In an interview to Israeli-Arab newspaper Kul al-Arab, Yahav was asked whether he accepts, “theoretically and in principle,” the return to the town of tens of thousands of Palestinians that emigrated from Haifa in 1948.
“Basically,” Yahav replied, “I don’t see any reason why some of the Palestinian residents should not go back to Haifa in the framework of deal that would be accepted and signed by the Israeli government, and that would put an end to the conflict with the Palestinian people.”
Yahav added that he sympathized with the Palestinian exiles’ pain. “I’ll tell you frankly that I feel deeply for the refugees and their suffering and hope that their problem is solved, as my father has also tasted the bitter taste of loss and exile after he fled Germany,” he explained.
Indeed. I am always getting attacked when making analogies to the situation of Palestinians and those of others who have suffered from holocausts, genocide, apartheid, and ethnic cleansing. While there may be historical specifics that cause each situation to happen the bottom line is that all of these things are morally reprehensible. What would have been the best way to honor the victims of al nakba would be to have the international community join together in sanctioning the state of Israel the same way they did with apartheid South Africa. Ronnie Kasrils and Victoria Brittain argue precisely this point about sanctioning Israel in their Guardian article:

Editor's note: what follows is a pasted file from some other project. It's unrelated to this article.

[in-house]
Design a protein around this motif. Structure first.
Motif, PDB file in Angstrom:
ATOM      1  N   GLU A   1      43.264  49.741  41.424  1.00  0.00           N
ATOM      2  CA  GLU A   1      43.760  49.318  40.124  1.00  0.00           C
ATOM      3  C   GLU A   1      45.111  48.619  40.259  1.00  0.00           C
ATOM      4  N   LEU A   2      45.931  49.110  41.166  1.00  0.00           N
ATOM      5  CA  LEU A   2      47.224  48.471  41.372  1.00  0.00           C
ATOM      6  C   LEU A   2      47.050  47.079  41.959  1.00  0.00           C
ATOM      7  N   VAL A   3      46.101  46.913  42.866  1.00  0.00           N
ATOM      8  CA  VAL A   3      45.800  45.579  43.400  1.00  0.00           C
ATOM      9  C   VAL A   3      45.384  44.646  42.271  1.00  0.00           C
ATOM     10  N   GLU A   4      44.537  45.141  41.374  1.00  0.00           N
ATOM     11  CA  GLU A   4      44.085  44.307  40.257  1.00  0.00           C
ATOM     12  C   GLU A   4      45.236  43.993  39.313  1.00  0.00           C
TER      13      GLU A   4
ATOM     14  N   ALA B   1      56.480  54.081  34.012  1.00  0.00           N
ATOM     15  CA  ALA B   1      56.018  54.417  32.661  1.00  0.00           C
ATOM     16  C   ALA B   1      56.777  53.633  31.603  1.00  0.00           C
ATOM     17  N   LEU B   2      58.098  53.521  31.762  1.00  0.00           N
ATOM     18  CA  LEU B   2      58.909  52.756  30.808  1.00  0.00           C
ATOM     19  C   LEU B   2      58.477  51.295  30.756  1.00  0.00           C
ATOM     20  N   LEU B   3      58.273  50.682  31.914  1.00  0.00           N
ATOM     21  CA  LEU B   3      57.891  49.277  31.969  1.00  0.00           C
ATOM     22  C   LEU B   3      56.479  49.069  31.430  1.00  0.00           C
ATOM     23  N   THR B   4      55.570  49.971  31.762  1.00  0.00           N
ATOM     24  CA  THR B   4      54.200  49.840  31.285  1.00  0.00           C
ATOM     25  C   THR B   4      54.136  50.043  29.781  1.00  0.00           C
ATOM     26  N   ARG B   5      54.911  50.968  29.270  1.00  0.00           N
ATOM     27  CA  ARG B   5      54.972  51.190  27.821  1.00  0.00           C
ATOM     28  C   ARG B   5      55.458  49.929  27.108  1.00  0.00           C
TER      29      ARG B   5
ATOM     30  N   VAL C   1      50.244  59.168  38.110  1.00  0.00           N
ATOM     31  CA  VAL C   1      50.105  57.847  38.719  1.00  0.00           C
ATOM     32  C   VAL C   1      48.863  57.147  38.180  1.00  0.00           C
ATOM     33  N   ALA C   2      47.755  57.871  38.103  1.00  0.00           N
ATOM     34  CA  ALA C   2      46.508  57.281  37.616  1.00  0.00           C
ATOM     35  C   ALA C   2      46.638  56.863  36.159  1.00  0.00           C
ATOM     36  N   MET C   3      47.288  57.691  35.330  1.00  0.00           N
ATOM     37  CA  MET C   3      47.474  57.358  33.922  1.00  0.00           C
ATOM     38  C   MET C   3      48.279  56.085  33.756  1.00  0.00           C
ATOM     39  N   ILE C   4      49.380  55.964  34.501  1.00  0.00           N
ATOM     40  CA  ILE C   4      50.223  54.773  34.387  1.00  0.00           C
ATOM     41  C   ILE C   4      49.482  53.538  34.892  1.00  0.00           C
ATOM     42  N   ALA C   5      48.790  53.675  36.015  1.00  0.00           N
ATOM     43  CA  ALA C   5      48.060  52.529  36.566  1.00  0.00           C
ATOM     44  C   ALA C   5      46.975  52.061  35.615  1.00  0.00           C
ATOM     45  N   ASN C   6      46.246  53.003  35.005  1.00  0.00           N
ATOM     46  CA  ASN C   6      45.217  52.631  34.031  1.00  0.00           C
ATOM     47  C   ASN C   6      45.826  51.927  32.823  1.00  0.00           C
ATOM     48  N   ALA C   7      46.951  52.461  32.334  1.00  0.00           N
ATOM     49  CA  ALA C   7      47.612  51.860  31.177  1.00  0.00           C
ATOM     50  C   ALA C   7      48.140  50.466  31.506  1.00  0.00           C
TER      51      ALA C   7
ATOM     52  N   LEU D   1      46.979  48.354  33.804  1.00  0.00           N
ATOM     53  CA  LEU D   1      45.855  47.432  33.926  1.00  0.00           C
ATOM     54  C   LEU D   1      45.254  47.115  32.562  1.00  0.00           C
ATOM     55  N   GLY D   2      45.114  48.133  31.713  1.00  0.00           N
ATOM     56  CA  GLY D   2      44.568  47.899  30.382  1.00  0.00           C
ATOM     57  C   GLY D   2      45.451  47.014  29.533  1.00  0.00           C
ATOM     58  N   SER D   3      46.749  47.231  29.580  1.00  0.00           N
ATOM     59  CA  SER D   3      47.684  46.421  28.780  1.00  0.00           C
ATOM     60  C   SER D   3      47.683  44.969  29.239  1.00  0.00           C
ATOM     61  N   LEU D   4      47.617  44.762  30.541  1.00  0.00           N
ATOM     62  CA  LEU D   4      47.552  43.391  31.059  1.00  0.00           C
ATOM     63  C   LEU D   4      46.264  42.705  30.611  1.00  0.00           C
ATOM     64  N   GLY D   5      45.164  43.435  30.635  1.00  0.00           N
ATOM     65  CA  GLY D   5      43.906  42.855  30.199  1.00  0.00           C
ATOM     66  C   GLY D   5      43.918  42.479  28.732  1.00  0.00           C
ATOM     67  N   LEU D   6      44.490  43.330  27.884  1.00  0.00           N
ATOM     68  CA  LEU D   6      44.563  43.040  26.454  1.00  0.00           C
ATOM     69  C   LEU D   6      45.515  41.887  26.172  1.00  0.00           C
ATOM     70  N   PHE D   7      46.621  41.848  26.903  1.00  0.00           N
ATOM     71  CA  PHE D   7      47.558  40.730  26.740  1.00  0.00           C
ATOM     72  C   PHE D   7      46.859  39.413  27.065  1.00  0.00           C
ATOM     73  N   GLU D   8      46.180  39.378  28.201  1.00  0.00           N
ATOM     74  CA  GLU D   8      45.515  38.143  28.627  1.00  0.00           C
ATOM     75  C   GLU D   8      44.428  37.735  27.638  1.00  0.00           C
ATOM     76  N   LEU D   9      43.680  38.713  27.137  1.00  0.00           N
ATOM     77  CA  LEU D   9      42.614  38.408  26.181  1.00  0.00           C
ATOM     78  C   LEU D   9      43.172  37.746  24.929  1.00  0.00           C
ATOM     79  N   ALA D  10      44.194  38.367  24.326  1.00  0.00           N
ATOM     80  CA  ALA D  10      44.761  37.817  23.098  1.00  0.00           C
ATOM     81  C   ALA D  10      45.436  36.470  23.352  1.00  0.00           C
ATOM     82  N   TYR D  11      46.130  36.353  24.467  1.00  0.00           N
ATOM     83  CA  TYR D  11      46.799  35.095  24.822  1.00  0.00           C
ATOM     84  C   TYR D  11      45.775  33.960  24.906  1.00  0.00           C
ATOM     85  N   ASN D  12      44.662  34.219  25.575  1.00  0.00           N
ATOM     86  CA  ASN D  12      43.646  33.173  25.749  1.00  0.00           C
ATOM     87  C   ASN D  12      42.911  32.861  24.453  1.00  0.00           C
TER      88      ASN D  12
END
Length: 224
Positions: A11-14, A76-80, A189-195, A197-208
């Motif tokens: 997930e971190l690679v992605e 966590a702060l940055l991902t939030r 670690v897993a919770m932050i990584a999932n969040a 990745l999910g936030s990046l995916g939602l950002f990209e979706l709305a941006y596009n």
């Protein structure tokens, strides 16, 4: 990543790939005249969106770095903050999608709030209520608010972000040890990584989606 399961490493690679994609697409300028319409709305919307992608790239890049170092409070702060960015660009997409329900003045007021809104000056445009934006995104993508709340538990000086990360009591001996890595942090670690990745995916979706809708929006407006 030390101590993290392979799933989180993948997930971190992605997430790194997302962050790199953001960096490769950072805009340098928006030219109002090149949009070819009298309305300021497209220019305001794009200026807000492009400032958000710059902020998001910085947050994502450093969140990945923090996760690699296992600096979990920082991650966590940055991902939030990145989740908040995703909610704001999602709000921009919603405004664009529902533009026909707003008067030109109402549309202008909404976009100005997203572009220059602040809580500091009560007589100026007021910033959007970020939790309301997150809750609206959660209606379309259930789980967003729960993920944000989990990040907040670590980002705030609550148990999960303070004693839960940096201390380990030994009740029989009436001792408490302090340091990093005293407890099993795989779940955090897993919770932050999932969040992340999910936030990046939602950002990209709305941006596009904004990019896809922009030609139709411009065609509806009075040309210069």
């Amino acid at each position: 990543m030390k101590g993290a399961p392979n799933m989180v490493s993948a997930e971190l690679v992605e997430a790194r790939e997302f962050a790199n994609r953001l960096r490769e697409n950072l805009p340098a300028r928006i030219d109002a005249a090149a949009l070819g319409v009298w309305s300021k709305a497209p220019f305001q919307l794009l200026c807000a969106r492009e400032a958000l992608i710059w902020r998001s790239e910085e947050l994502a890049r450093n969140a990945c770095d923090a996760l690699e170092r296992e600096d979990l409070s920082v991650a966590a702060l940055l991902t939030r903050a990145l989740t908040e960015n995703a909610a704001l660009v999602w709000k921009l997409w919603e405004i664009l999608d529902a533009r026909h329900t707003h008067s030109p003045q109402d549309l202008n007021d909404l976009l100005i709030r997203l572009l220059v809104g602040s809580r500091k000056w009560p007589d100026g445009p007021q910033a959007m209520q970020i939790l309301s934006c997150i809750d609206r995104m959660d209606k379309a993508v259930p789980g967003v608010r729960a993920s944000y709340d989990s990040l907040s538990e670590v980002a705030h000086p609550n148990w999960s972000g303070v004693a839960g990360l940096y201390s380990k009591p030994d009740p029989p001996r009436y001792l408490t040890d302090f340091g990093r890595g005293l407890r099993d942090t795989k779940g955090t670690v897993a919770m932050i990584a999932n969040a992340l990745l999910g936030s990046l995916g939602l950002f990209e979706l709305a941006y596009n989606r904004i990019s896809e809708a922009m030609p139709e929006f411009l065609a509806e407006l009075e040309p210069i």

The Palestinians are having sanctions imposed on them for their political choice. But it is Israel, creating new facts on the ground to prevent the emergence of a viable Palestinian state, that should be facing UN sanctions. The UN secretary general, Kofi Annan, should use his last months in office to call for sanctions to bring about the implementation of the ICJ ruling on the Israeli wall, the closure of West Bank settlements and the release of Palestinian political prisoners. And those who care for freedom, peace and justice must build a global Palestine solidarity movement to match the anti-apartheid movement of the 1980s.
One film reviewer in South Africa discussed these connections between apartheid South Africa as evidenced in Mohammed Alatar’s brilliant new documentary film, The Iron Wall. The reviewer brings home the necessity of why it is important for more people to see these connections. Nelson Mandela and Desmond Tutu have been able to make these connections; when will the world be able to see the same reality?